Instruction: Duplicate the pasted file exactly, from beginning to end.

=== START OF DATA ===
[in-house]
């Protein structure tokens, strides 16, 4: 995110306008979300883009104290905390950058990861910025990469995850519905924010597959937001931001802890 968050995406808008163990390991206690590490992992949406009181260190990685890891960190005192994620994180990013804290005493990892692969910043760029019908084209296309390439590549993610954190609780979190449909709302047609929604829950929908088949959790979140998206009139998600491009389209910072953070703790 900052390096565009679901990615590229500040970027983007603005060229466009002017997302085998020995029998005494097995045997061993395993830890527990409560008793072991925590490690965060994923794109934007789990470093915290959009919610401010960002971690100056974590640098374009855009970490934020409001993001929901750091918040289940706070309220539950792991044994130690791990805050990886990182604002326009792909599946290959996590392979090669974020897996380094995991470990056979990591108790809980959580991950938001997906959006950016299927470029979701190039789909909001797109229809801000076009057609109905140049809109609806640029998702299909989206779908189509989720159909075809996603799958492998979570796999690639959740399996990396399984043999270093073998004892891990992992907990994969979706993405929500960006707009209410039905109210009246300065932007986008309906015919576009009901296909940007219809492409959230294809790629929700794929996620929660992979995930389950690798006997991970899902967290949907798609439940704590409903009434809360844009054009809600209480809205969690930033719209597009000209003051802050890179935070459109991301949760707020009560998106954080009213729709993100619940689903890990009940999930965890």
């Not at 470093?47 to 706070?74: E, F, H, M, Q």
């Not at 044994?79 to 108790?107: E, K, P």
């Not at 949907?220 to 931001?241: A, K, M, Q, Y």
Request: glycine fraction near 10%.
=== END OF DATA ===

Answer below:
[in-house]
């Protein structure tokens, strides 16, 4: 995110306008979300883009104290905390950058990861910025990469995850519905924010597959937001931001802890 968050995406808008163990390991206690590490992992949406009181260190990685890891960190005192994620994180990013804290005493990892692969910043760029019908084209296309390439590549993610954190609780979190449909709302047609929604829950929908088949959790979140998206009139998600491009389209910072953070703790 900052390096565009679901990615590229500040970027983007603005060229466009002017997302085998020995029998005494097995045997061993395993830890527990409560008793072991925590490690965060994923794109934007789990470093915290959009919610401010960002971690100056974590640098374009855009970490934020409001993001929901750091918040289940706070309220539950792991044994130690791990805050990886990182604002326009792909599946290959996590392979090669974020897996380094995991470990056979990591108790809980959580991950938001997906959006950016299927470029979701190039789909909001797109229809801000076009057609109905140049809109609806640029998702299909989206779908189509989720159909075809996603799958492998979570796999690639959740399996990396399984043999270093073998004892891990992992907990994969979706993405929500960006707009209410039905109210009246300065932007986008309906015919576009009901296909940007219809492409959230294809790629929700794929996620929660992979995930389950690798006997991970899902967290949907798609439940704590409903009434809360844009054009809600209480809205969690930033719209597009000209003051802050890179935070459109991301949760707020009560998106954080009213729709993100619940689903890990009940999930965890």
């Not at 470093?47 to 706070?74: E, F, H, M, Q």
């Not at 044994?79 to 108790?107: E, K, P």
């Not at 949907?220 to 931001?241: A, K, M, Q, Y």
Request: glycine fraction near 10%.